International Review of Experimental Pathology: Kidney Disease

International Review of Experimental Pathology: Kidney Disease

by G. W. Richter

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International Review of Experimental Pathology, Volume 30, is organized around the theme of renal disease. The choice of renal disease reflects both the author’s personal interest and the realization that there is a need for such a collection of reviews in this area. There are many new books on renal pathology, but almost all have a clinical rather than experimental orientation.
The book opens with a chapter on the pathogenesis of experimentally induced renal papillary necrosis and upper urothelial carcinoma. Subsequent chapters deal with the use of cell cultures in the study of renal diseases; mechanisms of cyclosporine nephrotoxicity in humans and animal systems; spontaneously occurring renal diseases in laboratory animals; and the use of video microscopy to define the reactivity of the renal microvasculature and the hydraulic permeability of the glomerular capillaries.
This book will be of interest to a diverse group of readers interested in renal disease. This broad spectrum of potential readership is reflected in the list of contributors which includes, in addition to pathologists, nephrologists, anatomists, veterinarians, and experimental chemists. This volume will also be of interest to transplant surgeons and to pediatricians specializing in renal disease.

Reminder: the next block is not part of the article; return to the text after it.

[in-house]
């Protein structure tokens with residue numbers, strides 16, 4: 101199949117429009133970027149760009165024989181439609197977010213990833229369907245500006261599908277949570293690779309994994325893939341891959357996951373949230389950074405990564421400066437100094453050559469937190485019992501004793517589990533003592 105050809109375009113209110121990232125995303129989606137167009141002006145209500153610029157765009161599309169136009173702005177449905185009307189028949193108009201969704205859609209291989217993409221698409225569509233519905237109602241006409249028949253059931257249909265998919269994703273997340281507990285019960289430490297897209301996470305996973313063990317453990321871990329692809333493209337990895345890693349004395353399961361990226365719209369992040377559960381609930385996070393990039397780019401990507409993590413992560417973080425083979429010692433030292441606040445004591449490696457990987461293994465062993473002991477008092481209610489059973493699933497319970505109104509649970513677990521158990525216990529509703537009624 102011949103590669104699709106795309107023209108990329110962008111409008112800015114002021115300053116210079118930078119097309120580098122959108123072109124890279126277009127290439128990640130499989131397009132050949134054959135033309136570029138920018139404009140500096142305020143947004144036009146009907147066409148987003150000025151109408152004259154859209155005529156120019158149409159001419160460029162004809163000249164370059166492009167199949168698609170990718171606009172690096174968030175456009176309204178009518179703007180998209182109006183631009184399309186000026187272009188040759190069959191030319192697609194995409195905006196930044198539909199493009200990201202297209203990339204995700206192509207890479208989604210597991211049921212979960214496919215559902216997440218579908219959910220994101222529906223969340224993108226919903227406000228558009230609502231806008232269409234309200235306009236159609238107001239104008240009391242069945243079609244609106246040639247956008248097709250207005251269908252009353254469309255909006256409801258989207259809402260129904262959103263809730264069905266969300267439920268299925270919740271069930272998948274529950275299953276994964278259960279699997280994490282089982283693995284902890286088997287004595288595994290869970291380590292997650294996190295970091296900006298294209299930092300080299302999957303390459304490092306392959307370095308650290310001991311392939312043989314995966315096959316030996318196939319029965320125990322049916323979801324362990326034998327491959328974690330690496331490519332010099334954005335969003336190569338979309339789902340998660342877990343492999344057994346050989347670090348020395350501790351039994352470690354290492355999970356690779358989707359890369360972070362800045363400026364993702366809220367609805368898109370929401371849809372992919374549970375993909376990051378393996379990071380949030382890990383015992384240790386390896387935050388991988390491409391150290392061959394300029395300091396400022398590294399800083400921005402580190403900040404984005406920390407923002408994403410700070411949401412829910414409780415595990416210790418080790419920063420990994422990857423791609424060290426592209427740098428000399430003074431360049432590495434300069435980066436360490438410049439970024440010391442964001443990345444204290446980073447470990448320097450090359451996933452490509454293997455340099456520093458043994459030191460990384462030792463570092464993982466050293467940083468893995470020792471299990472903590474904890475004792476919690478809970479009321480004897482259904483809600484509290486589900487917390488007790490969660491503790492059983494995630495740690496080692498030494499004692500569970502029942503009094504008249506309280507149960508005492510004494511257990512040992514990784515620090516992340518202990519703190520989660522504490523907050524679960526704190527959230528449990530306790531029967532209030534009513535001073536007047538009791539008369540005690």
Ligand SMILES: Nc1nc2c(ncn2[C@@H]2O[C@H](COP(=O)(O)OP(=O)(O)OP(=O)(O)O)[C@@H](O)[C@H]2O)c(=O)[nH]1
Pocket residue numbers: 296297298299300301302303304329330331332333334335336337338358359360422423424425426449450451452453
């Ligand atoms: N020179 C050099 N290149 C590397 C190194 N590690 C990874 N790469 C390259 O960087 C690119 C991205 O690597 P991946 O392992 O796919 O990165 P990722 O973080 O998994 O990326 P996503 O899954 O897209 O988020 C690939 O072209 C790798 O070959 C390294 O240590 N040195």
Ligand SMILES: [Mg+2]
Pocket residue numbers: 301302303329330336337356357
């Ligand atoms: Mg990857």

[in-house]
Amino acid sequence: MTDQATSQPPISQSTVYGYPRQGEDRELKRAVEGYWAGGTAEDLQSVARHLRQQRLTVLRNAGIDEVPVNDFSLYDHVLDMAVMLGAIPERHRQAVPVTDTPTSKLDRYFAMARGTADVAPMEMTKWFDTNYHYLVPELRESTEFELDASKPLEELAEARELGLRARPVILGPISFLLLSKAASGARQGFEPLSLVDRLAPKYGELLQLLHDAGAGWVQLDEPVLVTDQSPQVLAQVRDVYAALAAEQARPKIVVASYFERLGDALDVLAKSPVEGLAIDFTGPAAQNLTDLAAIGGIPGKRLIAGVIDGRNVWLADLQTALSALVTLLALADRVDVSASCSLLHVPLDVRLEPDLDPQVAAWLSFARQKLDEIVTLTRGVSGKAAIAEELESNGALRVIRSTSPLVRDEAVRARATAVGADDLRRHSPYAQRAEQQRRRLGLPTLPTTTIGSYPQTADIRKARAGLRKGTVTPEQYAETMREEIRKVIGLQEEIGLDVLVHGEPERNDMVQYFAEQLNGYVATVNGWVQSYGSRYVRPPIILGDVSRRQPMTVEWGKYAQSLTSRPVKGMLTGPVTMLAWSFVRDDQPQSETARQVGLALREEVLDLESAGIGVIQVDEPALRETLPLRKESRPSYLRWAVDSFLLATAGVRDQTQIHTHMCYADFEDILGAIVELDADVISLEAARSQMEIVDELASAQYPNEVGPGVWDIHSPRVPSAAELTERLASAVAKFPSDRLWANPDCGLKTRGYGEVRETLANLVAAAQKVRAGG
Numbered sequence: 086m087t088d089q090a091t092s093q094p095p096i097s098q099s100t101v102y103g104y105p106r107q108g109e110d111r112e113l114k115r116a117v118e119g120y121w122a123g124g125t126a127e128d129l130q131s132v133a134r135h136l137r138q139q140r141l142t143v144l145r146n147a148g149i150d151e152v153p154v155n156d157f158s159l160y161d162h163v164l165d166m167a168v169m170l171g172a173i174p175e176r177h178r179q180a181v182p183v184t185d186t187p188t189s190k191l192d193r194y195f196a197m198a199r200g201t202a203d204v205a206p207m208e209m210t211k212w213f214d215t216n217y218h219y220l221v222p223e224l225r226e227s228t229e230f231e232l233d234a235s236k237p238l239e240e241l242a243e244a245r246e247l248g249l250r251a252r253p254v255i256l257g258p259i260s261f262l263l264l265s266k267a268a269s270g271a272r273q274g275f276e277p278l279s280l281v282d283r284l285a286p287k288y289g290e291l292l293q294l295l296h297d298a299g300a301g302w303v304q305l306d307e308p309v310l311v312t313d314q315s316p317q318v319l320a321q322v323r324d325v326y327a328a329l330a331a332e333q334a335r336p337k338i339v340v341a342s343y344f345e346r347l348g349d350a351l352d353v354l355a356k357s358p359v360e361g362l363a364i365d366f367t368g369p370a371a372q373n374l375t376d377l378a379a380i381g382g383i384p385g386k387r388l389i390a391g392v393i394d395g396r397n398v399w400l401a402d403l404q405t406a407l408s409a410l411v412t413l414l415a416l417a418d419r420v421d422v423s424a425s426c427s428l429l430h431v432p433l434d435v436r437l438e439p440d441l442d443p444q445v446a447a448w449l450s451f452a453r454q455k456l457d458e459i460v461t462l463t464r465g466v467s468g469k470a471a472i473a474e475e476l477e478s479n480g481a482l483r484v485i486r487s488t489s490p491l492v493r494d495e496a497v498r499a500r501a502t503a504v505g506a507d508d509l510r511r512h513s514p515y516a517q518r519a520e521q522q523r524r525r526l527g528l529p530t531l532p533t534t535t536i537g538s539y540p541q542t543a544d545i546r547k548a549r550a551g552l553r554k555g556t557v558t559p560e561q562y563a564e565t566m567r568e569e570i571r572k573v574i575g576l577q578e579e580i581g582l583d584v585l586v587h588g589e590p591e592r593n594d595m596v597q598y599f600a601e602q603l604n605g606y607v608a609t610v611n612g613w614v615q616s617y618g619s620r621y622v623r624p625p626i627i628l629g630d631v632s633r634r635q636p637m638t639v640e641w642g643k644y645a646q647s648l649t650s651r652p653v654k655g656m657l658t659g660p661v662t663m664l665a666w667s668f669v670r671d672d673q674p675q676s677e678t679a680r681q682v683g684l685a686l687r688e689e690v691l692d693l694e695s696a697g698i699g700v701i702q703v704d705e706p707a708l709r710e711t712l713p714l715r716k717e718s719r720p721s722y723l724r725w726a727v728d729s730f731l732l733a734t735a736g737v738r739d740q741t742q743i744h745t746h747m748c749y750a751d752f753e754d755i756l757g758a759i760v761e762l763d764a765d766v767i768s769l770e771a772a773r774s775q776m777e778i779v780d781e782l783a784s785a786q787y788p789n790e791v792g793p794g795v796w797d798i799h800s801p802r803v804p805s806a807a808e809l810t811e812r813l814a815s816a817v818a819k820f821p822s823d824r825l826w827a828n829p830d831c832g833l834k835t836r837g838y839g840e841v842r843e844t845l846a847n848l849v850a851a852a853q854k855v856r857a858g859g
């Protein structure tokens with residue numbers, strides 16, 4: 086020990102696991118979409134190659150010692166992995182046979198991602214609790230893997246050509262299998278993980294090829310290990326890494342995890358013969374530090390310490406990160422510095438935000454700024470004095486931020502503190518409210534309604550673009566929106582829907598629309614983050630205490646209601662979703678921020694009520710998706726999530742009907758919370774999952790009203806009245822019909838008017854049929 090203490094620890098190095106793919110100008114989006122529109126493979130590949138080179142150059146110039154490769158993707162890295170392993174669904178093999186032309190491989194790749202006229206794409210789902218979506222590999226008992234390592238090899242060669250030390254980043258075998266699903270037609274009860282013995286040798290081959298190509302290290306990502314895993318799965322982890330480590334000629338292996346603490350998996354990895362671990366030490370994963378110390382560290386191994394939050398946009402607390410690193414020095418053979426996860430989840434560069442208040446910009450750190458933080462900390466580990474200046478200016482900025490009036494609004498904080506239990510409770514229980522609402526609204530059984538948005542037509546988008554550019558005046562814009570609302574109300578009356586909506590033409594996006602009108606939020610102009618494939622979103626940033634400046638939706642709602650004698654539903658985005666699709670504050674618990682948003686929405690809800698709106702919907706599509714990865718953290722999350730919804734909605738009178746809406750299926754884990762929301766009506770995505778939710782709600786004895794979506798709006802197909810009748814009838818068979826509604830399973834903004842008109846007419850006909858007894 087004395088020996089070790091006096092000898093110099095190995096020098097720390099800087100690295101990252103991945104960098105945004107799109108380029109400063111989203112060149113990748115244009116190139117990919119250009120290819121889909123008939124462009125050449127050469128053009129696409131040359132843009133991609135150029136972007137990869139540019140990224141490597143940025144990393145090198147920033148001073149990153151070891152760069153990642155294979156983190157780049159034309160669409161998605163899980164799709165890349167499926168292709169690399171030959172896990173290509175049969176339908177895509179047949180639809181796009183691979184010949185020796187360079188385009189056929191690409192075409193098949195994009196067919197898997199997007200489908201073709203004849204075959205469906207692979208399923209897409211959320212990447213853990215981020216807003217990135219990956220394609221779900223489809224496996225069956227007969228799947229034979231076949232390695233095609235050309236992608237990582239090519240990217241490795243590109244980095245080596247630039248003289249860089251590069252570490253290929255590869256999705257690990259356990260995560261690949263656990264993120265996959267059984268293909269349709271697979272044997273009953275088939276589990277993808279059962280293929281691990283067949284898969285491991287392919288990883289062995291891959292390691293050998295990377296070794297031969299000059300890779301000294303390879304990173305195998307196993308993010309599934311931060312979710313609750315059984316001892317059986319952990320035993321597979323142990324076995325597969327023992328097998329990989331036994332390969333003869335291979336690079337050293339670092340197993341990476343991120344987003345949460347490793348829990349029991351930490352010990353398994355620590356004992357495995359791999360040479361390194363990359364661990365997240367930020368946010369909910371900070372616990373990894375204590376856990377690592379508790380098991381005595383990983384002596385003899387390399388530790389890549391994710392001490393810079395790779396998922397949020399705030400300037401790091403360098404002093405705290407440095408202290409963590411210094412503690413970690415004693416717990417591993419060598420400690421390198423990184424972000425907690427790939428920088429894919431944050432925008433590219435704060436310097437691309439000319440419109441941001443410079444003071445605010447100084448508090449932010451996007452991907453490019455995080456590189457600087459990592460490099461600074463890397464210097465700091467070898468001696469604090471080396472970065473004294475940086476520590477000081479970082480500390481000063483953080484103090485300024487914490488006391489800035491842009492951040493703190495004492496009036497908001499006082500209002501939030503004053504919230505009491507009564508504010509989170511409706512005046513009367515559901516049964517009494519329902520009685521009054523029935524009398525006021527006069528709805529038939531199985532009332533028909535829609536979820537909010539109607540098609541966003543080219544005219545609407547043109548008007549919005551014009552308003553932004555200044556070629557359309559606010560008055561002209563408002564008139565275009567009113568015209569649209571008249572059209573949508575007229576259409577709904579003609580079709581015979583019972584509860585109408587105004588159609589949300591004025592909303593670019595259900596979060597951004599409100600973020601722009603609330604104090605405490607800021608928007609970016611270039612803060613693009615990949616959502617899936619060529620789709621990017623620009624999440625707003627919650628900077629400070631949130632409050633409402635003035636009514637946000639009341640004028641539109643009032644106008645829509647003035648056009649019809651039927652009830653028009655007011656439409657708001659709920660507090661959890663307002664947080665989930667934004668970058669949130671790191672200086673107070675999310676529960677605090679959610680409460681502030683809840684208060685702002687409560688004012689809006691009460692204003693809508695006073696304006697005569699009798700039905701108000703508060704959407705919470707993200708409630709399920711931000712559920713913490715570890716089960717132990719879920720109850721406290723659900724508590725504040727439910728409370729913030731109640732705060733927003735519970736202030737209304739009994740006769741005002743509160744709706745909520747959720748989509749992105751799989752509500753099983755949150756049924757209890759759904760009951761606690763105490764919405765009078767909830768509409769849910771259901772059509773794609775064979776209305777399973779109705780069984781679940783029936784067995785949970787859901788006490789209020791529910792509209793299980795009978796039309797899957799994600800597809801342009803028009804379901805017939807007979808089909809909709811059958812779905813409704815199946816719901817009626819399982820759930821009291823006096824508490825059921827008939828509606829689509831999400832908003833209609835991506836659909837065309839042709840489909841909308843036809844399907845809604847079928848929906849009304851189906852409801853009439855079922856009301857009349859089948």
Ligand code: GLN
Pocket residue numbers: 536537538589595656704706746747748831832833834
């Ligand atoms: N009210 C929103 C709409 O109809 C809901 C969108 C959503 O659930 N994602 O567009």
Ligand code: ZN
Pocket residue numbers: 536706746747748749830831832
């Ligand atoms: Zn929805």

Product Details

ISBN-13: 9781483281704
Publisher: Elsevier Science
Publication date: 10/22/2013
Sold by: Barnes & Noble
Format: NOOK Book
Pages: 410
File size: 13 MB
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Table of Contents


Experimentally Induced Renal Papillary Necrosis and Upper Urothelial Carcinoma

I. Introduction

II. Renal Papillary Necrosis and Upper Urothelial Carcinoma in Humans

III. Experimentally Induced Renal Papillary Necrosis

IV. Use of Model Papillotoxic Probes to Study the Pathogenesis and Secondary Development of Renal Papillary Necrosis

V. Biochemical Interpretation of the Pathogenesis and Secondary Consequences of Renal Papillary Necrosis

VI. Renal Papillary Necrosis and Upper Urothelial Carcinoma

VII. Summary of the Pathogenesis of Experimentally Induced Renal Papillary Necrosis and Upper Urothelial Carcinoma

VIII. Remaining Questions


The Contribution of Cell Culture to the Study of Renal Diseases

I. Introduction

II. Glomerular Cell Culture

III. Tubular Cell Culture


Cyclosporine Nephrotoxicity

I. Introduction

II. Experimental Models of Cyclosporine Nephrotoxicity

III. Clinical Cyclosporine Nephrotoxicity

IV. Future Directions and Unanswered Questions


Glomerular Antigens in Experimental Glomerulonephritis

I. Models of Glomerulonephritis

II. Structure and Function of the Glomerulus

III. Immune Mechanisms in the Pathogenesis of Glomerulonephritis

IV Antigens in Experimental Glomerulonephritis

V Genetic Influences

VI. Conclusion


Spontaneous Renal Disease in Laboratory Animals

I. Introduction

II. Rat

III. Mouse

IV. Hamster

V Rabbit

VI. Guinea Pig

VII. Dog

VIII. Monkey


The Use of Video Imaging Techniques to Study Ultrafiltration and Blood Flow in the Normal and Diseased Kidney

I. Background

II. Documentation of Filtration by Isolated Glomeruli

III. Studies of Isolated Renal Microvessels

IV Observations of Glomeruli during In Situ Perfusion

V Studies of Blood-Perfused Juxtamedullary Nephrons

VI. Documentation of Medullary Blood Flow

VII. Prospects for the Future


Chemically Induced Renal Epithelial Neoplasia in Experimental Animals

I. Introduction

II. Renal Tubule Epithelial Cell Neoplasia



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